Did you click here because of the word pedantism in the title? If so, you’ll like this (perhaps) apochryphal exchange between a married couple I know.
Person A: ” You’re always correcting me! Your pedantism is really getting me down.”
Person B: “I think you’ll find the word is pedantry….”
Most of can see both sides of this exchange. Nobody likes to be corrected, but who of us has not felt the deep urge to right wrongs.
So, often we have a choice to make: risk looking like a dick or miss an opportunity to educate people. For things like rogue apostrophes or grammar in general, this is a game we can all play. But for scientists or those involved in communicating science things are more complex.
Mastering technical terms is an important part of a scientific training. In conversations between experts, using technical terminology is a tremendously efficient way of discussing complex issues and a powerful way of signalling that one is part of the science in-group. When communicating to non-scientists, forgetting to translate these terms into plainer English is a obvious mistake.
Things are less clear-cut where the scientific term is a word that is used by non-scientists. Sometimes this is where a technical term seeps into normal speech (such as my use of ‘in-group’ earlier). Here, for scientists to defend the original meaning is uncontroversial. People who describe a new product as ‘a paradigm shift’ deserve to mocked.
Sometimes a word has been given a more specific meaning. The distinction in Physics between mass and weight is one example, or I suggest, the words granite and marble. Here we need to be careful. It may be annoying for a geologist to see a ‘marble’ worktop with fossils in, but a little humility is required. The stonemasons’ definition of marble as a carbonate rock that takes a polish is at least as old as the geological one of ‘metamorphosed limestone’.
The English comedian David Mitchell has a habit of going off on rants about the way ‘scientists’ say that tomatoes are a fruit. The humour lies in how seriously he takes such a trivial point, but you get a sense that it genuinely annoys him. There’s a serious point: his working definition of fruit as being something that you’d put in a fruit salad is not the scientific one, but it is not incorrect. Tell someone that they are wrong for using it and they won’t thank you for it.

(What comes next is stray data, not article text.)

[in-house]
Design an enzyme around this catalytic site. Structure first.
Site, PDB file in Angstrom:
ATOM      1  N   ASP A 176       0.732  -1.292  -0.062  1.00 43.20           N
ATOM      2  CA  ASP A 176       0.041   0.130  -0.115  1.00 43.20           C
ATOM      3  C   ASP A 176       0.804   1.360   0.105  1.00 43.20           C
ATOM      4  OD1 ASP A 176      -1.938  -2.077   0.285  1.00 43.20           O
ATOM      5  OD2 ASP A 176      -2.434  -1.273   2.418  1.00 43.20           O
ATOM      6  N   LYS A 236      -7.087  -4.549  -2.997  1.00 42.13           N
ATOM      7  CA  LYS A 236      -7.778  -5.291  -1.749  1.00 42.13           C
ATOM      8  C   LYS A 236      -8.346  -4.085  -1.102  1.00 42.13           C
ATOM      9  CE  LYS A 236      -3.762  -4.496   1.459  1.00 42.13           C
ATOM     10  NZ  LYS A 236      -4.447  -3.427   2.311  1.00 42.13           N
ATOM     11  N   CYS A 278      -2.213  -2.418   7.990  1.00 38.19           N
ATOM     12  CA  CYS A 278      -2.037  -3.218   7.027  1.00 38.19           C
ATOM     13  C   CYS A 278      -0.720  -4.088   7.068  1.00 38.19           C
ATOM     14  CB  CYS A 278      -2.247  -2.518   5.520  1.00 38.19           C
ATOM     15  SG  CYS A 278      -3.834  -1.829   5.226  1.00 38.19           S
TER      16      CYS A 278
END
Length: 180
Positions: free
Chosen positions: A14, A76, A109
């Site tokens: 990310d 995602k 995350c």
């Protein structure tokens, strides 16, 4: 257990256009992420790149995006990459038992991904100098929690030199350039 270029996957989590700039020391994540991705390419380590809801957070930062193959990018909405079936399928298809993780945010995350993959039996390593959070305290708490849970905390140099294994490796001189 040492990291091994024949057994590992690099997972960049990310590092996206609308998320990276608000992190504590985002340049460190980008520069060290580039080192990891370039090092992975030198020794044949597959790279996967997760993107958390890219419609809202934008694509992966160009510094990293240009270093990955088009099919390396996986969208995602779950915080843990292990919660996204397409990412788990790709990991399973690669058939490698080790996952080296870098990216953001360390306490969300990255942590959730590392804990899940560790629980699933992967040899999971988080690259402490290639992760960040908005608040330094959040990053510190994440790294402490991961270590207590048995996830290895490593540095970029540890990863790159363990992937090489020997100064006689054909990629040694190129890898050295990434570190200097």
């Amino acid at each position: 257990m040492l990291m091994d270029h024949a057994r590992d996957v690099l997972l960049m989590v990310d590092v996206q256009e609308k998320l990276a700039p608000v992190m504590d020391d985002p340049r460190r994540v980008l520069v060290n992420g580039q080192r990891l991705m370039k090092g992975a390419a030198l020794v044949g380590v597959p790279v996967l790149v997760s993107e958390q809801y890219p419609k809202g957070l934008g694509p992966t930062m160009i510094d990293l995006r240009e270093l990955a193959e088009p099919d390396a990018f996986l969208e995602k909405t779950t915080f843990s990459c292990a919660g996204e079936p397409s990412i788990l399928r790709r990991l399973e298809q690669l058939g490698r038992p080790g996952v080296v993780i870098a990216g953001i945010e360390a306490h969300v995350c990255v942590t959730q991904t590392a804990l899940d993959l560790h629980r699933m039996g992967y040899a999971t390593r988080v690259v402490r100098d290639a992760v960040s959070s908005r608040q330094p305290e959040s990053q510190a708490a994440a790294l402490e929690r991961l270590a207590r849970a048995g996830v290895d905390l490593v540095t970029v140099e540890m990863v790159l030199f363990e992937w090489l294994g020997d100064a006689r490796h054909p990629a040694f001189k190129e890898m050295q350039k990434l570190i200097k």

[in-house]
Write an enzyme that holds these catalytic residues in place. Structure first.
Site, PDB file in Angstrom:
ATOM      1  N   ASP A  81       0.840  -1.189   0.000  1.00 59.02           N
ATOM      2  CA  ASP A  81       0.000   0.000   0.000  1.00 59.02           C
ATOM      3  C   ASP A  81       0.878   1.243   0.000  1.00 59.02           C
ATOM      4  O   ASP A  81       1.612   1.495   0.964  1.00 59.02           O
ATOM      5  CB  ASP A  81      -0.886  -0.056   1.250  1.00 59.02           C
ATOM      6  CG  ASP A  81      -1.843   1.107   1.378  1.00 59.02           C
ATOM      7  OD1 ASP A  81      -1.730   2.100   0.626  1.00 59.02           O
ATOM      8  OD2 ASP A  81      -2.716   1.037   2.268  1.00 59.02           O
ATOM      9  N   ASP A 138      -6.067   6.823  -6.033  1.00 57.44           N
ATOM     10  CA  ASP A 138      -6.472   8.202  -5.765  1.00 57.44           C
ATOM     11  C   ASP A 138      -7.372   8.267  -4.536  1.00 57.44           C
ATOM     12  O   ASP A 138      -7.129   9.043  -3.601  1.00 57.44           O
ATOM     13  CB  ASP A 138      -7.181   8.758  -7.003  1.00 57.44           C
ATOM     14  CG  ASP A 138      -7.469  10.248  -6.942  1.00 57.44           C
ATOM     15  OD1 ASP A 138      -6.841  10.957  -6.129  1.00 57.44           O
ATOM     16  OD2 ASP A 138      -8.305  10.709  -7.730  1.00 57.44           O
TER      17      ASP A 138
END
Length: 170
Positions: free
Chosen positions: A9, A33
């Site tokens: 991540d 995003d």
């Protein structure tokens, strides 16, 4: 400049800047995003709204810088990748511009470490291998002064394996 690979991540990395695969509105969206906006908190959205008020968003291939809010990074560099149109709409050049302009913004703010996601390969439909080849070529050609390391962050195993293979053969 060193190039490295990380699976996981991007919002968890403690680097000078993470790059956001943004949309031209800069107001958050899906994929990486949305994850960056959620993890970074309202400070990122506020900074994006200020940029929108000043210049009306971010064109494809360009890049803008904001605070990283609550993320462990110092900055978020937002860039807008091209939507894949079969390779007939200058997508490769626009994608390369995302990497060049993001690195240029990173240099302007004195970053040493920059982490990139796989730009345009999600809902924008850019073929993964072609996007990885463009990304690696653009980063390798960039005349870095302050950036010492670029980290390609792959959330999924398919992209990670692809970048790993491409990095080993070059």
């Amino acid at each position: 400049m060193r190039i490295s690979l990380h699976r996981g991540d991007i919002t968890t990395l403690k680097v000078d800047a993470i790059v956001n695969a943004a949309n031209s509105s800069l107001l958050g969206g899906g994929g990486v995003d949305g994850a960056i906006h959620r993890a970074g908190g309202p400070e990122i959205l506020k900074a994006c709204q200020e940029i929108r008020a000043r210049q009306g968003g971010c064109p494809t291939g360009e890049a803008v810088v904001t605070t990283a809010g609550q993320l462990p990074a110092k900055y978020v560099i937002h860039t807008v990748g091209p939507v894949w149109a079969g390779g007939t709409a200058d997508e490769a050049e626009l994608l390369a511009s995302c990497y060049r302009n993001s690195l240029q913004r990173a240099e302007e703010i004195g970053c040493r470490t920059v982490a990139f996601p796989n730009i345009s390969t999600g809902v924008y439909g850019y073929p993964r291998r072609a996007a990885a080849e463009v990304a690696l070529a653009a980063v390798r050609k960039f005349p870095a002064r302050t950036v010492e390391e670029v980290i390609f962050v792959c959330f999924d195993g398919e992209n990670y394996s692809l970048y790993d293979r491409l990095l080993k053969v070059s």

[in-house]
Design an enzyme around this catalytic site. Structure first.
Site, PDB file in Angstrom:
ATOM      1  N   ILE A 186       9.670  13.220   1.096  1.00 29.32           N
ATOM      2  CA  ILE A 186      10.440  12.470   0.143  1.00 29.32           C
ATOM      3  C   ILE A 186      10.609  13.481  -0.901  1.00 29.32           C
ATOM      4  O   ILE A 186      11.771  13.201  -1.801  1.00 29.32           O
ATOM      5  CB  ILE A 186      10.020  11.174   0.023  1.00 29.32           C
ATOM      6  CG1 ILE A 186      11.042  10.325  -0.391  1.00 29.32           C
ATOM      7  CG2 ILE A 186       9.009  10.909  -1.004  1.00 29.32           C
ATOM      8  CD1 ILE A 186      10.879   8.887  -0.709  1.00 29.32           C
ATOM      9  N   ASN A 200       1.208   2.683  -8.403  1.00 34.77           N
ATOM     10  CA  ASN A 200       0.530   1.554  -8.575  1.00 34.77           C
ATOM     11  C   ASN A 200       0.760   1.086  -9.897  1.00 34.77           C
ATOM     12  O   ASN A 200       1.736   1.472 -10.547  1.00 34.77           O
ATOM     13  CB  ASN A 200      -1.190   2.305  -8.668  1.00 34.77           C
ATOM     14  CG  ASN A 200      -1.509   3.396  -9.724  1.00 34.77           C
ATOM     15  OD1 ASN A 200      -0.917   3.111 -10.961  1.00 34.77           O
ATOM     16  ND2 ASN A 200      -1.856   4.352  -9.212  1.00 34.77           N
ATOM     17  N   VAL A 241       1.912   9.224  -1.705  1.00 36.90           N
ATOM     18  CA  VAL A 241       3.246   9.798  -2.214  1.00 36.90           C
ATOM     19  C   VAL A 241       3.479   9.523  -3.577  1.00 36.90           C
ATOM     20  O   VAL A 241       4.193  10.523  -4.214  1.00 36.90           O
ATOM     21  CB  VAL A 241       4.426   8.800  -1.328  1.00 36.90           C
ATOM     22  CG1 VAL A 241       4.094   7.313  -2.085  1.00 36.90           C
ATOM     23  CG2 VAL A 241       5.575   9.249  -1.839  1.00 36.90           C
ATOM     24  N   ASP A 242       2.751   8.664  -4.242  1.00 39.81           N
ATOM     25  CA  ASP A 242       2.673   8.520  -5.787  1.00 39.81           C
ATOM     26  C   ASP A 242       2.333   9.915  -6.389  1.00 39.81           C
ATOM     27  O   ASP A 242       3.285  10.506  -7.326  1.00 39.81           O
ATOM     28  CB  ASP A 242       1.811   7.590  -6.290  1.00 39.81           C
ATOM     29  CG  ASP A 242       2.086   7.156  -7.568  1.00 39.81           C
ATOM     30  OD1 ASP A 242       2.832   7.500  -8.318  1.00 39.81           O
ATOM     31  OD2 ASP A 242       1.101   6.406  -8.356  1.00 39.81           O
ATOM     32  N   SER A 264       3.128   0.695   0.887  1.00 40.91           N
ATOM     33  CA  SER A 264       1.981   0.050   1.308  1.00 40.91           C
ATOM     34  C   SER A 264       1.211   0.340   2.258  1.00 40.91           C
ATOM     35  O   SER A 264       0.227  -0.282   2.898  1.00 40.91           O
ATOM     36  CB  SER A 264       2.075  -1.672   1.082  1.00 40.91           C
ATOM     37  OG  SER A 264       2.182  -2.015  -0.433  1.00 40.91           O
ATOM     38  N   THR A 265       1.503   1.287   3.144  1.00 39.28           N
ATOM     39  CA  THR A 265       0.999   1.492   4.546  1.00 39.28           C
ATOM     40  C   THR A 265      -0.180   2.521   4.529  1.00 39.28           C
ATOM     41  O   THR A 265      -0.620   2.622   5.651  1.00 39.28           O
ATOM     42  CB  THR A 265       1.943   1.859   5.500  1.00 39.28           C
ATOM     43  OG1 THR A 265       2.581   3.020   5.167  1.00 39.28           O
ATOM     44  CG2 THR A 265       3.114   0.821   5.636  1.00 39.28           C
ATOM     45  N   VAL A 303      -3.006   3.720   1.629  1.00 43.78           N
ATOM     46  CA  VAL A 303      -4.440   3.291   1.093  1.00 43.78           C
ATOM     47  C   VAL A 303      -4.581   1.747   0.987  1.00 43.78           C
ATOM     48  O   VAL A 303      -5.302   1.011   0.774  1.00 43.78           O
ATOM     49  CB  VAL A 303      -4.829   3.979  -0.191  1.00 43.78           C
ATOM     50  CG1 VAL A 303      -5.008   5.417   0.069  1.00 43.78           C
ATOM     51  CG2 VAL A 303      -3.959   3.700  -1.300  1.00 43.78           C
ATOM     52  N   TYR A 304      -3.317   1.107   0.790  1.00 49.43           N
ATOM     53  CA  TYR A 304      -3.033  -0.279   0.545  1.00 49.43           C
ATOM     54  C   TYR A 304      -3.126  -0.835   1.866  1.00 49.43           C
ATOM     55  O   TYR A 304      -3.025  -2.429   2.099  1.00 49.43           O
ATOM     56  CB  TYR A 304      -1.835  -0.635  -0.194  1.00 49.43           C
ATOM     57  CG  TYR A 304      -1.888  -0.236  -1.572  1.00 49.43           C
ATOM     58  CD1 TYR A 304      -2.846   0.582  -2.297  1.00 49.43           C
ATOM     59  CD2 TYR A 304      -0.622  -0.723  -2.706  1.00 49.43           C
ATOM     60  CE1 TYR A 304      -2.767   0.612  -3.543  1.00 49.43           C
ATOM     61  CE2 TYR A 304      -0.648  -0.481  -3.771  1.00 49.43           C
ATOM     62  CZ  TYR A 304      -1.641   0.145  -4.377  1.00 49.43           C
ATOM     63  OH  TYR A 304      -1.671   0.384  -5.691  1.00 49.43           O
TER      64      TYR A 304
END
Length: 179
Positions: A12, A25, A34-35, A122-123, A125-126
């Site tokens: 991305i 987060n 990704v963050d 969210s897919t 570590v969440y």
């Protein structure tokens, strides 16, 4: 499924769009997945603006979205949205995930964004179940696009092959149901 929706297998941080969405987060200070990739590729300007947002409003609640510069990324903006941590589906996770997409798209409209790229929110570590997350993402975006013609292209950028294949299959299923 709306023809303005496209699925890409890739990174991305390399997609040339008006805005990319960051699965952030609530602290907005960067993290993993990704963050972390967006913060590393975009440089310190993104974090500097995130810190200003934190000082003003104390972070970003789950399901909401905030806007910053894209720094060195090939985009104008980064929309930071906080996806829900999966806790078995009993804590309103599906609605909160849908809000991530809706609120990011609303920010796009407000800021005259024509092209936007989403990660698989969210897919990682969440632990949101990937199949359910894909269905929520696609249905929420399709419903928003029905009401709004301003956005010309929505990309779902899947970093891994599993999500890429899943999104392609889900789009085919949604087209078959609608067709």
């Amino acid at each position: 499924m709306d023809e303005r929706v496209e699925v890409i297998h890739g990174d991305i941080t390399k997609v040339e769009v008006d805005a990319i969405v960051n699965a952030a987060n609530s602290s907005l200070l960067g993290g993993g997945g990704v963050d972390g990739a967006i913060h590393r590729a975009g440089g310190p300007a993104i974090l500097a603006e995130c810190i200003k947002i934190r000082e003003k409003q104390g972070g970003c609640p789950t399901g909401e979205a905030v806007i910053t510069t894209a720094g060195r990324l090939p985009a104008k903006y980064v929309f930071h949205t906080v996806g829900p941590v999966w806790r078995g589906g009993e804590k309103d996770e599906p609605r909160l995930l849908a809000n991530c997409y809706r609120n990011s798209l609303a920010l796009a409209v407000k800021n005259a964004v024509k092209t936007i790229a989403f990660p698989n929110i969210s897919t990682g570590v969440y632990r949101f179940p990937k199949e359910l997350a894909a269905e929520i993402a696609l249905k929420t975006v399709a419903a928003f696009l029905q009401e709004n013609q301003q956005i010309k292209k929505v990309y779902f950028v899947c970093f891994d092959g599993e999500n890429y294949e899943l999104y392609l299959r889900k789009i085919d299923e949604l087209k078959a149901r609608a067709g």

This leads me to dinosaurs.
The great pursuit of evolutionary biology – fitting all life into branches of a tree of immense size and age – is important and interesting. It provides a extremely specific meaning of the term ‘dinosaur’ that includes birds, but excludes creatures such as Dimetrodon and marine reptiles such as Ichthyosaur that fit perfectly the more popular understanding of the word. Most people (myself included) are much more taken with the palaeobiological sense of dinosaurs (huge reptiles, teeth, claws, RAAAAR!) than the phylogenetic one. Biographies are more popular than family trees for a reason.
So, let’s all be very careful with the ‘not a dinosaur’ thing. Dinosaurs are a gateway drug into Earth Sciences – let’s not spoil things with pedantism. If you must tell someone that their definition of a word is wrong, you’d better do it in an interesting and light-touch way.